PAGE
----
Dazed and Confused … it’s scary!
We recently got a call from a friend who lives by one of our team members. A female black shepherd, young, was loose from his neighbor’s and was headed in our team member’s direction. She hopped in her car and went looking.
Doing what she always does, stopping everyone in a car or on foot and asking if they’ve seen such a dog, she finally hit the jackpot with the postal carrier! He said, “Yes! Just around the block here. I’ll show you where I last saw her, follow me!” And they went and there she was!
This poor girl was so confused. She had no clue where she was or who this person was that was calling her. Our team member kept getting out of the car and getting low to the ground and Mesquita just kept going around her looking at her like, “I have no clue who you are lady, and I”m not going to trust you!” So, the team member saw she didn’t run from the car and just kept doing this and driving ahead of her when she went around. She was gaining some trust, just a touch. Mesquita was starting to check her out more. The team member never reached out to grab her, only to offer jerky. She never took it though.
Suddenly, as traffic picked up in the area, a car came down the road and a walker was going around her. It got crowded real quick and Mesquita ran into a yard and our team member lost her. Our team member drove around the block and could not see her anywhere. She thought she lost Mesquita. Darn it all! Then, around the block again, and there she was where she was first seen by us. Mesquita started to run from her this time. And she was heading into a yard that had no fence and led to a busy street. Our team member ran into that yard ahead of her to scare her to stay in the neighborhood, away from a busy road, and into a fenced in yard. She parked the car in the driveway and opened the doors to block the way out. Seeing there was a lockable gate right there, she closed the gate and let Mesquita calm down in there. After some time and patience, Mesquita started to come up to the gate to look for a way out. We opened the gate a hair and Mesquita got excited. We only put one arm in with a looped leash. Mesquita did not want that leash! But she started taking the jerky temptingly put under her nose through the gate, and eventually through the leash! Ah ha! Got the leash on! And she didn’t like it one bit! But she calmed down right away.
We got her in the car with no problems. Except she kept trying to get out the windshield and side window. She was a muddy mess. But the car can be cleaned up. Her getting HIT by a car would not be so easy to handle. We took her to her house. She seemed confused there and indifferent. We called our friend who called us to make sure we had her at the right house. Yep, riight neighbor. No one home. Out looking for her so we called him back again and he called his neighbor. So, we wait. An old, intelligent, male English Bulldog with a sweater came out a doggy door in the front of the house. They sniffed, he sniffed our team member, and he went back in. OK ….. *eye roll. Something wasn’t sitting right.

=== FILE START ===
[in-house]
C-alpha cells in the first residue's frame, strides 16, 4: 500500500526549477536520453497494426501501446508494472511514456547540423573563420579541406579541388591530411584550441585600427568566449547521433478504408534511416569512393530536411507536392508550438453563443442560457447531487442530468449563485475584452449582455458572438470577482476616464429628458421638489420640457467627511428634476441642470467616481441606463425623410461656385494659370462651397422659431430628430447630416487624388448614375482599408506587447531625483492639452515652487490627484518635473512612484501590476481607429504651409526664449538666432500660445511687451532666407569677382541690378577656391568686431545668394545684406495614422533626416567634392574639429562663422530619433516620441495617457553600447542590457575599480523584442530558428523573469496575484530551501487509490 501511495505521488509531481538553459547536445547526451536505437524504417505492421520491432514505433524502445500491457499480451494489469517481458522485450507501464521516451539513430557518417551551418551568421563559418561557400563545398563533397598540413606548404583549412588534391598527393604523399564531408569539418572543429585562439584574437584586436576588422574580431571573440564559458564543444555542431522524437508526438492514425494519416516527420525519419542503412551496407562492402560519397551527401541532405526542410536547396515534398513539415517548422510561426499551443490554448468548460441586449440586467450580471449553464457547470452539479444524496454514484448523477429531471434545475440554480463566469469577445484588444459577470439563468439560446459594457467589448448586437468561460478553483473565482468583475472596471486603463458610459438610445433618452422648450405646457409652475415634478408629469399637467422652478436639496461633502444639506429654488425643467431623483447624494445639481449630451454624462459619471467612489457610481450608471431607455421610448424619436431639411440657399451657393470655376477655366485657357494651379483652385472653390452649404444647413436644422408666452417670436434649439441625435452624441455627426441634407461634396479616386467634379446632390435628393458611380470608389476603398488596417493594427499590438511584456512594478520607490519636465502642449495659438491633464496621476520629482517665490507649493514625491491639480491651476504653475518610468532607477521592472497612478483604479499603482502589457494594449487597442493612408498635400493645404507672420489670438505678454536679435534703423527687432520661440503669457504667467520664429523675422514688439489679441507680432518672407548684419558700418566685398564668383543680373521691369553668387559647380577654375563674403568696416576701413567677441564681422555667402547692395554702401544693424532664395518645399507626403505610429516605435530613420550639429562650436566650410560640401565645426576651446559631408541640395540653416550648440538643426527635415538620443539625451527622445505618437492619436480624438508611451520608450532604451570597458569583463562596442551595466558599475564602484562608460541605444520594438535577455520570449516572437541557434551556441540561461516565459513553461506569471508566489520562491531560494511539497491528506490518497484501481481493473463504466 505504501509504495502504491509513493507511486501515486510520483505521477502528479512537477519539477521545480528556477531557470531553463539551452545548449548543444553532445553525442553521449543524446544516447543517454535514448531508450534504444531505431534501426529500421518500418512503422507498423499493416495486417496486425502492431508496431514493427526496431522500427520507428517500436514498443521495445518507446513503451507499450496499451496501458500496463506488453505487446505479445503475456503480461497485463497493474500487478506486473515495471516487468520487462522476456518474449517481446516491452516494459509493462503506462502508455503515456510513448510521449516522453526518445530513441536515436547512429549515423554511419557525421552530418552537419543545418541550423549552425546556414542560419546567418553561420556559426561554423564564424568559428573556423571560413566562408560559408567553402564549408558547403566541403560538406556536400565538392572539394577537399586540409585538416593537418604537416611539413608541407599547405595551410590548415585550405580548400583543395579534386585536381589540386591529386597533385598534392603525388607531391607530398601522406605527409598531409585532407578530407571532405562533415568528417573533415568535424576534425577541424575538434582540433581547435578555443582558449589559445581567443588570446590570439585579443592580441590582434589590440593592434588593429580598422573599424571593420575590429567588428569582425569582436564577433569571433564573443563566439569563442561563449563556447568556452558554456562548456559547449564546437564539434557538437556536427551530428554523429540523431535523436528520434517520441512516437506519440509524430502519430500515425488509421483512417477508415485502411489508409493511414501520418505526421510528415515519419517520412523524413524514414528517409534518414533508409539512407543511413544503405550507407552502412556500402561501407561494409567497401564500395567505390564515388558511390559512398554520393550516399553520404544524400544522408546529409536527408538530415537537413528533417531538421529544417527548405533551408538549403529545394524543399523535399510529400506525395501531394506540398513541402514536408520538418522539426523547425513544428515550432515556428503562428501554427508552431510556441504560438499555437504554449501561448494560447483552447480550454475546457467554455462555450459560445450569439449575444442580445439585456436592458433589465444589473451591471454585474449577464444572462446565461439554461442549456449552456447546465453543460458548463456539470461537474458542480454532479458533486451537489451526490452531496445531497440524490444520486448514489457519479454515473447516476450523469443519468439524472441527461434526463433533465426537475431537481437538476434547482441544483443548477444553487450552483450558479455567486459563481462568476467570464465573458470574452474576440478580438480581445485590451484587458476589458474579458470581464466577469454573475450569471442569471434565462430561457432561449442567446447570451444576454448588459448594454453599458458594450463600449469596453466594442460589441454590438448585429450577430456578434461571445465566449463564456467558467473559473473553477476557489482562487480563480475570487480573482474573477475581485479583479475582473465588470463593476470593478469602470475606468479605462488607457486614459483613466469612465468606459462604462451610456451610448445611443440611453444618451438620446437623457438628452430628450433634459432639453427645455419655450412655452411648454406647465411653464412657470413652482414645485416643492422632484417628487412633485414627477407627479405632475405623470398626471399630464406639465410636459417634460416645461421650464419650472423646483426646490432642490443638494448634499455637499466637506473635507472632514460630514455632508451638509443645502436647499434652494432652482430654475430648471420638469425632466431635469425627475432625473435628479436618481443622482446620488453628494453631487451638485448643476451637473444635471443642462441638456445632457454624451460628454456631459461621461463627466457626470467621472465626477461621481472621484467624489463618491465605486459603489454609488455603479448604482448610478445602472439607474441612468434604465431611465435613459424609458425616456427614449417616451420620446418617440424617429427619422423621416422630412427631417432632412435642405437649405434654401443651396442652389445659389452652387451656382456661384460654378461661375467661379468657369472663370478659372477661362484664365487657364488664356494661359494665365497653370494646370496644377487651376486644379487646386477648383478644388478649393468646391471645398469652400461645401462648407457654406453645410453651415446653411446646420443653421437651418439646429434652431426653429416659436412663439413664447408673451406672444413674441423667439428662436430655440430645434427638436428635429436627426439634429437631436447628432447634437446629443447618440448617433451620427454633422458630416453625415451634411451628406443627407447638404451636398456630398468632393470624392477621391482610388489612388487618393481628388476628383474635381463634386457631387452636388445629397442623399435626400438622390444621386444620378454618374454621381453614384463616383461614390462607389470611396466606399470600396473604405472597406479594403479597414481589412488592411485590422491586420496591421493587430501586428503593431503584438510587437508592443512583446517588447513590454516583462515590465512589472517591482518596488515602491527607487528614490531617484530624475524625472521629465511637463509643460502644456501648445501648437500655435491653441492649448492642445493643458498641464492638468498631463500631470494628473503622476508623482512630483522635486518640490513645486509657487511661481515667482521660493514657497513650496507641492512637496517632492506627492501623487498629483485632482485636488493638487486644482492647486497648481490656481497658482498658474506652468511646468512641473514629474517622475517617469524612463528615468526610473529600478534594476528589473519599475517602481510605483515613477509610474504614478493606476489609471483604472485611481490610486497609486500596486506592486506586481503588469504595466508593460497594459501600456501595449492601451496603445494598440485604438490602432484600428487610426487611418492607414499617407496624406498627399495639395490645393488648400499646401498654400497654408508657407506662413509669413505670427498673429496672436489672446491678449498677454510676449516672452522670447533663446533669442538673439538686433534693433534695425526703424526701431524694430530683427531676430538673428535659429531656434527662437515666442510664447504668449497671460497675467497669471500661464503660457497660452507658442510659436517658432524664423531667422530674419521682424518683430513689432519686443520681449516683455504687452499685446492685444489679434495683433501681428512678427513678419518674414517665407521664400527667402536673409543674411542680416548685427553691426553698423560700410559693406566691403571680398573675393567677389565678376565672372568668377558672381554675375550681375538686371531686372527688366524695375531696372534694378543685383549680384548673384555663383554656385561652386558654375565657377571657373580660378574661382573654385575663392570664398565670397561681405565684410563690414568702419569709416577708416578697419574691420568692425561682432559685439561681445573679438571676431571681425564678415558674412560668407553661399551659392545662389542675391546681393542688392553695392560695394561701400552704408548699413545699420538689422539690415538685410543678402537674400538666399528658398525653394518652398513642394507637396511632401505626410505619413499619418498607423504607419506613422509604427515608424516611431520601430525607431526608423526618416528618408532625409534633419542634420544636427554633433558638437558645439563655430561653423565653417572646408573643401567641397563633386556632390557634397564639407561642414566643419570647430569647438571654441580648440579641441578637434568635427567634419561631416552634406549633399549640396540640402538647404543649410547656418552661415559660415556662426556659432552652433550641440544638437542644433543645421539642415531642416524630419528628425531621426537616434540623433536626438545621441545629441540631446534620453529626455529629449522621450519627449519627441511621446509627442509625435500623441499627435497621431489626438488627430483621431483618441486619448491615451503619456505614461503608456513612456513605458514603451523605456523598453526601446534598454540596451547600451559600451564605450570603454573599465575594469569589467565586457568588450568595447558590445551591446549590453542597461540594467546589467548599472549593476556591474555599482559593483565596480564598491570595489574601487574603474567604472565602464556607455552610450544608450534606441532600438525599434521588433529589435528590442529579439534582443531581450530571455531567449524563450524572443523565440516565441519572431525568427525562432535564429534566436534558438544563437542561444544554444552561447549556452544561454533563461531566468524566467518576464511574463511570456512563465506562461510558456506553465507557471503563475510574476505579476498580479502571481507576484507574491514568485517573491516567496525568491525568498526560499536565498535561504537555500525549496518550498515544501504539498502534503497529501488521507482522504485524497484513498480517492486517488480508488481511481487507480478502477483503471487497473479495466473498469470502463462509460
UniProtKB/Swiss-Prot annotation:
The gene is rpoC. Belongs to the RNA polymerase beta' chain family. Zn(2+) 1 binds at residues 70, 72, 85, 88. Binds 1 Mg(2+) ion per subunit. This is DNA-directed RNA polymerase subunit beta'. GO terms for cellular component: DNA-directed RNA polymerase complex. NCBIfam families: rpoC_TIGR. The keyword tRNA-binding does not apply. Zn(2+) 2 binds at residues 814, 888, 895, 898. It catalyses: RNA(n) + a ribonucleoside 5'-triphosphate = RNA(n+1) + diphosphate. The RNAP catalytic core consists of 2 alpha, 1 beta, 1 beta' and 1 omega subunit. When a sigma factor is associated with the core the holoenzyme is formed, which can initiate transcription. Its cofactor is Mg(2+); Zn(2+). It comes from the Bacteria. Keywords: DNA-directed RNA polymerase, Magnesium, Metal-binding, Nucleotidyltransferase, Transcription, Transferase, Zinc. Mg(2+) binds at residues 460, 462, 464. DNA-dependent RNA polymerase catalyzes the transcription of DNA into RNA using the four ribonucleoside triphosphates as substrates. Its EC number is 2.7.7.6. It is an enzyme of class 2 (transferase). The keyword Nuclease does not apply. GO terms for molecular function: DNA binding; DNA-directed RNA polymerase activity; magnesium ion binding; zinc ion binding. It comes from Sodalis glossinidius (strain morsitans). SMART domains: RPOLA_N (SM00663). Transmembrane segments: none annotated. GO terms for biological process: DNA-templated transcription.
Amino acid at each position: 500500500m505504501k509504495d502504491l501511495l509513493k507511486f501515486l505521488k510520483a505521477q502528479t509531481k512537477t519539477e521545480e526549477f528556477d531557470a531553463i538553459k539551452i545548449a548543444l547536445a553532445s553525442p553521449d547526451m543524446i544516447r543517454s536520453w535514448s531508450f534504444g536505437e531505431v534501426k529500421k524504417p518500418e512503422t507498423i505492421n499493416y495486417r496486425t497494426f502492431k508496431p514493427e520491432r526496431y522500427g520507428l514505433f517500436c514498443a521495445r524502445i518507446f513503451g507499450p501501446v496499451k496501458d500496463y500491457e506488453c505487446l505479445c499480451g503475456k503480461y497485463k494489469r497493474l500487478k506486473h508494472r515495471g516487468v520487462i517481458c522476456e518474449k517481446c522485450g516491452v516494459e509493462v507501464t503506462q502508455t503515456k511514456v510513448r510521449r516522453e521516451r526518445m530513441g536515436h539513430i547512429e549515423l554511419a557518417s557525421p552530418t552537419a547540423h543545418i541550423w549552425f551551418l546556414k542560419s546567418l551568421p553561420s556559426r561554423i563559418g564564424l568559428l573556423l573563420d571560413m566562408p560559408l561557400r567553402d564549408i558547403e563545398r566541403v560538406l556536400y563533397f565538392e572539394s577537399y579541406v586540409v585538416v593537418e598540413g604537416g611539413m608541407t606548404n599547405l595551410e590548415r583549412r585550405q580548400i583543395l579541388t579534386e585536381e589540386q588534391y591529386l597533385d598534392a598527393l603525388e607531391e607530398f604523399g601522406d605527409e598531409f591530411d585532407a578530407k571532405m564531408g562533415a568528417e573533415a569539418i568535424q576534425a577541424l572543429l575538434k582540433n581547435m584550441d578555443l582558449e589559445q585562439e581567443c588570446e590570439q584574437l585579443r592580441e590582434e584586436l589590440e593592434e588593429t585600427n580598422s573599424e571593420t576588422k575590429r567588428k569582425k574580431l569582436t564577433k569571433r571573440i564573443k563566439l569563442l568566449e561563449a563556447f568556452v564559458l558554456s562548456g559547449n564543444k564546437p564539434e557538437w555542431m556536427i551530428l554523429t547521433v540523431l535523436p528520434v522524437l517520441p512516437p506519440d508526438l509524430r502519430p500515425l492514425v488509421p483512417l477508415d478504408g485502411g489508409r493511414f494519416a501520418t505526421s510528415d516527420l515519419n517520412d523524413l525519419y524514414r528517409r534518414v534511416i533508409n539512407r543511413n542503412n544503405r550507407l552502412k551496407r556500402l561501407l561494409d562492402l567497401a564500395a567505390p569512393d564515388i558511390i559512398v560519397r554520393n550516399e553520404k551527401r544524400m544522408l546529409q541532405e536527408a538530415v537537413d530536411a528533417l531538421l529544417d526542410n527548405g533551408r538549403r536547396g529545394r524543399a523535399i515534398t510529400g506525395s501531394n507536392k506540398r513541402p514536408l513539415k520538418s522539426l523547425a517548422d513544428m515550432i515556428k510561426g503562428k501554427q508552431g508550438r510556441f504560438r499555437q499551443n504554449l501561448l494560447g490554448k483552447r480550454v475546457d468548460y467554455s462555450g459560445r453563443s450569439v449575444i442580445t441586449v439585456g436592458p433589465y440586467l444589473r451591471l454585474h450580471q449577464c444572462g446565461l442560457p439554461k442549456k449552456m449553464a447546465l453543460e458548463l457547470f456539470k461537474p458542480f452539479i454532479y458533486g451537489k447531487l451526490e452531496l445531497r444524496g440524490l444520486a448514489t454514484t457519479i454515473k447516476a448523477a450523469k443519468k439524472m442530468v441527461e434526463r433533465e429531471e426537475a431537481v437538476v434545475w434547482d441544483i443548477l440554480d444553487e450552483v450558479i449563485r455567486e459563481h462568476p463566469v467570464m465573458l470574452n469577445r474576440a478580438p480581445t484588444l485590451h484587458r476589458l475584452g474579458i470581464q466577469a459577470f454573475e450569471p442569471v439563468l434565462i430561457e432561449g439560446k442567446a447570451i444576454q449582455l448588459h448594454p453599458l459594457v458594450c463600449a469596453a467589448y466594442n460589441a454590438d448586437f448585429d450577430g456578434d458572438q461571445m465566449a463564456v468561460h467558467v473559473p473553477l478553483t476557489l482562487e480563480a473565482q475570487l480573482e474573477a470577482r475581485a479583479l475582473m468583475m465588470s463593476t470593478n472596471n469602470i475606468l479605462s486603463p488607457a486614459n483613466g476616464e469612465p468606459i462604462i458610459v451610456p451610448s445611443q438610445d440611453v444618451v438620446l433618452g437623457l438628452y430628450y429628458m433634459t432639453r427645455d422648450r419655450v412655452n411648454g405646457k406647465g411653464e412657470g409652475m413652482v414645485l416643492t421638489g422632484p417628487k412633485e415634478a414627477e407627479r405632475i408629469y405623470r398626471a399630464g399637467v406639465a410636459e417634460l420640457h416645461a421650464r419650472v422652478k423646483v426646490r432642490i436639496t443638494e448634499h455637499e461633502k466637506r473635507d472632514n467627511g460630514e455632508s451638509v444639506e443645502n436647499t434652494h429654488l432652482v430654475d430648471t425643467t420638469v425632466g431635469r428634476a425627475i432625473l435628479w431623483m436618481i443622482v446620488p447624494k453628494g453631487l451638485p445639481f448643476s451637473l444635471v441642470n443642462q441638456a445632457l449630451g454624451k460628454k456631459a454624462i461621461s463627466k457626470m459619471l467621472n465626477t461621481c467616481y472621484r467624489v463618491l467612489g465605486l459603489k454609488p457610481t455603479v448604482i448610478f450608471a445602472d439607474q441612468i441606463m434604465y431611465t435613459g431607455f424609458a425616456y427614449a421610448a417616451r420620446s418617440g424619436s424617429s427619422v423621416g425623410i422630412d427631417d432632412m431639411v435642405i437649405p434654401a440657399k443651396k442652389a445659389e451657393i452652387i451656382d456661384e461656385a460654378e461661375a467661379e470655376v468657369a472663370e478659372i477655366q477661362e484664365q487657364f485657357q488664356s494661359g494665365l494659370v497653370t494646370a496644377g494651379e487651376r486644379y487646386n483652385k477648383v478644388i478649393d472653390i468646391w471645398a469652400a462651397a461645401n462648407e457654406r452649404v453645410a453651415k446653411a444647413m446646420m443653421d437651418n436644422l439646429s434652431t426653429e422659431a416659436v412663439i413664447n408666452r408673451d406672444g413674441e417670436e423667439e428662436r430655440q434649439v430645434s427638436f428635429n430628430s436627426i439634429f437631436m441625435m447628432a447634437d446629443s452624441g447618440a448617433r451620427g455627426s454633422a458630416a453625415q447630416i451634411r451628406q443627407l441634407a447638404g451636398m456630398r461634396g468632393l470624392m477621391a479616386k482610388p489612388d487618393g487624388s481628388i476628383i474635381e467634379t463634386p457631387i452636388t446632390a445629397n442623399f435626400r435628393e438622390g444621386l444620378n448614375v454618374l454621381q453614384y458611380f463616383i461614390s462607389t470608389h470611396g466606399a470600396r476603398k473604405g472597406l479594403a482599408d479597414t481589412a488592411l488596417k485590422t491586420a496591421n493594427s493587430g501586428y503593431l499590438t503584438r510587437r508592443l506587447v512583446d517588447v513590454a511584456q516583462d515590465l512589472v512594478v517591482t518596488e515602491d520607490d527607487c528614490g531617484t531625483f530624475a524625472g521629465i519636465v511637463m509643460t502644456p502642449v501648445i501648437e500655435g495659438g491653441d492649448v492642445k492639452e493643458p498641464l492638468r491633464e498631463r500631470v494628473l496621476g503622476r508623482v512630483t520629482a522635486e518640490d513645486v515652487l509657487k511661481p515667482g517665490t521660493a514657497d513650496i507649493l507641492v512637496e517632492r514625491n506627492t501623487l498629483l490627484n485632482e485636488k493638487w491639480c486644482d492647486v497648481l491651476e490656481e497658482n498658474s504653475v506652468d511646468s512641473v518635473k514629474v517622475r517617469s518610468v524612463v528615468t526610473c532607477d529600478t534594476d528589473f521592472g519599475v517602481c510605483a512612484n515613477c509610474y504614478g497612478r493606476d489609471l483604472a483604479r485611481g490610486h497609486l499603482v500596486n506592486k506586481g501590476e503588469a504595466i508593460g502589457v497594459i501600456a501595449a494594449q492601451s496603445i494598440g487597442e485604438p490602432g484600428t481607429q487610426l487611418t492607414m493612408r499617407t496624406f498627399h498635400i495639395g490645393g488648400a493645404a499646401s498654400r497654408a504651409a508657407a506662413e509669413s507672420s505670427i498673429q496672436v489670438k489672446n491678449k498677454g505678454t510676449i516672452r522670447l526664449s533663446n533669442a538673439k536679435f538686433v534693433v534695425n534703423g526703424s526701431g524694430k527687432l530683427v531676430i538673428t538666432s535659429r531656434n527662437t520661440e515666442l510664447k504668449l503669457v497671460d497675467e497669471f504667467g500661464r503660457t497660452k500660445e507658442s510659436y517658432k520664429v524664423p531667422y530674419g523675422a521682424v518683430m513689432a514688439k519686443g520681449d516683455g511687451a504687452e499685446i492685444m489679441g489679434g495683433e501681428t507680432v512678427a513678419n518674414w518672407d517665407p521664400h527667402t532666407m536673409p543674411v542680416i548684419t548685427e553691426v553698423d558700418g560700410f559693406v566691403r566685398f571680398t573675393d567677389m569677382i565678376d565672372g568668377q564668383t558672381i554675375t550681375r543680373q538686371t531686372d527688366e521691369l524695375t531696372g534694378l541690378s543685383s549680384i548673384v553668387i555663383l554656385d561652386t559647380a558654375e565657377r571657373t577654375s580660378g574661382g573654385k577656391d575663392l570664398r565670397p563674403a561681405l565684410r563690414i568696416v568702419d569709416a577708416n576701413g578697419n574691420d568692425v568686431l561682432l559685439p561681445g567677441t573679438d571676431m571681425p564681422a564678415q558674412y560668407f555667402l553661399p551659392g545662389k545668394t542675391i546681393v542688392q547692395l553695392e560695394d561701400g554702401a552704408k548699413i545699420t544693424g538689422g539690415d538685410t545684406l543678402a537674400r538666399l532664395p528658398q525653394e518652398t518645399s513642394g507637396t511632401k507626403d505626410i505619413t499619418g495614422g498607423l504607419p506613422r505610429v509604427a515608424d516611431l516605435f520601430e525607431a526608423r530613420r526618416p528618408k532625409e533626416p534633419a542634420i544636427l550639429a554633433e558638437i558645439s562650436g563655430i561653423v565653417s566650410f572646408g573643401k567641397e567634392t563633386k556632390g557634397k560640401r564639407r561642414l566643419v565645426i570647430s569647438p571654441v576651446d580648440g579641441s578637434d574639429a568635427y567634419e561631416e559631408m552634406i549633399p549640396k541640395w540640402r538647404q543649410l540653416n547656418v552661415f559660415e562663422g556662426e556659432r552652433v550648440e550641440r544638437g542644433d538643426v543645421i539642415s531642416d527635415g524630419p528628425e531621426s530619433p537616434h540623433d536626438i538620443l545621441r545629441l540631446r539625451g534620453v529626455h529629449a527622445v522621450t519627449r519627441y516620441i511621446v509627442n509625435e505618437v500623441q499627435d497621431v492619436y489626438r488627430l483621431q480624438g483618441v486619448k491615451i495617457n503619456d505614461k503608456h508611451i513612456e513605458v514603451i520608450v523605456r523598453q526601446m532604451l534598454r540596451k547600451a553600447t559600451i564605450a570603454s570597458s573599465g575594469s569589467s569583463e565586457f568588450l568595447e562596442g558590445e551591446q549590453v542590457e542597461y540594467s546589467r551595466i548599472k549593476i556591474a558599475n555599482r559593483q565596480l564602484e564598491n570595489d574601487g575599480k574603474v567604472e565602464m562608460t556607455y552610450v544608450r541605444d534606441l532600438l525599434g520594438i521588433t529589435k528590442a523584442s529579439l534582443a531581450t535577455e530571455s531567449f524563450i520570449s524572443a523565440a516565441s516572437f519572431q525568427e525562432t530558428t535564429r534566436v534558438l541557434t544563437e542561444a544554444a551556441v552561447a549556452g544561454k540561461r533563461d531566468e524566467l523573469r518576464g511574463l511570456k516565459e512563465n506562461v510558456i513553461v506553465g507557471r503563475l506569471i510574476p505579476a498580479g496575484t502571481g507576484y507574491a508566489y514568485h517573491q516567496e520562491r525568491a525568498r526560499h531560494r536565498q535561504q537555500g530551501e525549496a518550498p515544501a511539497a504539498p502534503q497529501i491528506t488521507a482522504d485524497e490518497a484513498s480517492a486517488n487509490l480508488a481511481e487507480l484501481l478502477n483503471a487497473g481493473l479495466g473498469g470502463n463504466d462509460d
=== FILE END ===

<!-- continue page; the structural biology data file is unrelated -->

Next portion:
After about fifteen minutes, Mesquita starts heading to the back where there’s chickens and pole barns. Maybe she hangs out there. WAIT …. MORE dogs! And puppies!!! There were lots of chickens and a couple Australian Cattledogs and these adorable, fluffy white puffs of fur coming at her! OMG …. PUPPY OVERLOAD! Balls of fluffy cuteness coming in! One of the Australian Cattledogs was in a pen, one loose. Then two puppy Great Pyreneesa, one only about two months old and one about eight months. Our team member was in puppy heaven!!! But the Shepherd was acting strangely for being home.
After about five minutes of playing with puppies, a man came out of one of the pole barns. Now, our team member had called out when she arrived on the property because she saw a truck in the back. No one answered or came out. But now this man was coming. After he came down and we quickly established he didn’t speak a lick of English, he went and got a leash and collar. Of which Mesquita wanted NOTHING to do with. But they got in her and he thanked her for bringing Mesquita back, the best he could.
As our team member was walking towards the front of the house, where her car was, the Cattle Dog and Pyrenees puppies were trying to herd her! They kept getting in front of her and she had one heck of a time getting to the front of the house! Then suddenly, a truck pulls in and a man comes out asking about the dog. I explained a gentleman in back had her and she was good. He then explained Mesquita had just arrived to their house the day before. She belonged to someone they know who is in the hospital and he had no one else to watch her. So, they took her in for him.
Well, that explains a LOT! Thank goodness she didn’t bolt too far and she was returned safely.
Moral of the story: just because they are muddy and are very confused, doesn’t mean they’ve been on the run for a long time and ran from people who don’t care or take good care of them. You don’t play judge and jury. You do the right thing and find out the story. That’s what’s best for us humans, and for the dogs! And it’s all about the dogs for us!
Now, enjoy a couple shots from Mesquita’s capture adventure!